On the subject of Frederic Bourke — the wealthy entrepreneur convicted in July of conspiring to violate the Foreign Corrupt Practices Act and lying to FBI agents — we now know what issues his lawyers plan to raise on appeal. Most relate to what Bourke knew and intended — his mens rea. In a recent pleading arguing for his release pending the appeal, his lawyers said:
[T]he issues Bourke intends to raise on appeal relate closely to each other and, in turn, to the critical disputed aspects of the case. A series of issues—the conscious avoidance instruction, the good faith instruction, the absence of an instruction on “willfully and corruptly,” and the exclusion of the Dresner testimony, for example—bear directly on Bourke’s mens rea, which was the central battleground at trial. The assessment of Bourke’s mens rea, in turn, depends heavily on the weight given the testimony of Bodmer and Farrell. . . .
The mens rea argument didn’t work for Bourke in his motion for acquittal or a new trial (see here). Nor did it work for David Kay and Douglas Murphy in the Fifth Circuit or with the Supreme Court. See our posts here and here.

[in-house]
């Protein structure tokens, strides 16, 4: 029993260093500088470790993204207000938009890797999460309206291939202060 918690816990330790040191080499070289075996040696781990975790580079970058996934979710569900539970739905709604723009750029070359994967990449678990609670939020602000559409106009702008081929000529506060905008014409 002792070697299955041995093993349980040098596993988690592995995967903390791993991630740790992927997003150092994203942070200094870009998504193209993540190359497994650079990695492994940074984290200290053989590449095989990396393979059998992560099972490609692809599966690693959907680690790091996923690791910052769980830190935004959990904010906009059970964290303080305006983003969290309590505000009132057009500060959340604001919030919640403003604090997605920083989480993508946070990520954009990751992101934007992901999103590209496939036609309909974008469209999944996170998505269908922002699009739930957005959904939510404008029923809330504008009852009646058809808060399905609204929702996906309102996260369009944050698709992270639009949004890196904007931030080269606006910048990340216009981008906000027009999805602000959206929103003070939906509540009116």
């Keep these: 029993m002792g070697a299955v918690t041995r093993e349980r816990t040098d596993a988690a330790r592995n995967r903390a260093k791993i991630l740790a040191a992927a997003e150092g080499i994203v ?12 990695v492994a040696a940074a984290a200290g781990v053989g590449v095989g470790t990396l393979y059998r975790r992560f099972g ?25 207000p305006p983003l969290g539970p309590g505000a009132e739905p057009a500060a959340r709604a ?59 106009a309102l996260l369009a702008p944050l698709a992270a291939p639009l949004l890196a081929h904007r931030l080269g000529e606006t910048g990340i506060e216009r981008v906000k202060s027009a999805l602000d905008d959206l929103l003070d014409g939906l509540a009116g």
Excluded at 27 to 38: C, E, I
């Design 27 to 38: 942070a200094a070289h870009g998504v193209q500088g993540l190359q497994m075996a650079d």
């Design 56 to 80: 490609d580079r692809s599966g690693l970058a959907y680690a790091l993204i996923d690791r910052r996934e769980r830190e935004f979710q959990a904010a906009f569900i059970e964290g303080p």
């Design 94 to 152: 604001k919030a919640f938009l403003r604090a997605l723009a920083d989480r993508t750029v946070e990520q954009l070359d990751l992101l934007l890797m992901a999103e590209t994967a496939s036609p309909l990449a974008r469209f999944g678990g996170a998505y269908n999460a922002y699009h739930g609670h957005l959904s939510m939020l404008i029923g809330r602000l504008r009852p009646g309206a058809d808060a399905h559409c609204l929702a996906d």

But it might work for Bourke on appeal. He’s got deep pockets and good facts. And the timing is right. There are more questions these days about the criminalization of business mistakes and mere negligence. Under the influence of thoughtful commentators such as Ellen Podgor at the White Collar Crime Prof Blog and Tom Kirkendall at Houston’s Clear Thinkers, more appellate justices must be wondering if the vague elements that are part of so many white-collar prosecutions are fair — including the ever-more elusive mens rea element. Last month, the Supreme Court agreed to review whether the honest-services statute used to prosecute Jeffrey Skilling and Conrad Black (18 U.S.C. § 1346) is too vague to meet constitutional standards. If that’s a signal of wider judicial discomfort with some of the push-the-envelope white-collar prosecutions, mens rea could be in play, and that could help Bourke.
His prosecution didn’t include a substantive FCPA charge. Bourke was tried and convicted for conspiracy to violate the FCPA. On appeal, some of his arguments will probably relate exclusively to the conspiracy elements — such as whether there needs to be an overt act. So he could still win on appeal without us learning anything new about the FCPA itself.
Bourke is scheduled to be sentenced on November 10, 2009. He faces up to ten years in prison.
View a copy of the October 16, 2009 Reply Memorandum in Support of Defendant Frederic Bourke, Jr.’s Motion For Release Pending Appeal here.
Read all our posts about the prosecution of Frederic Bourke here.
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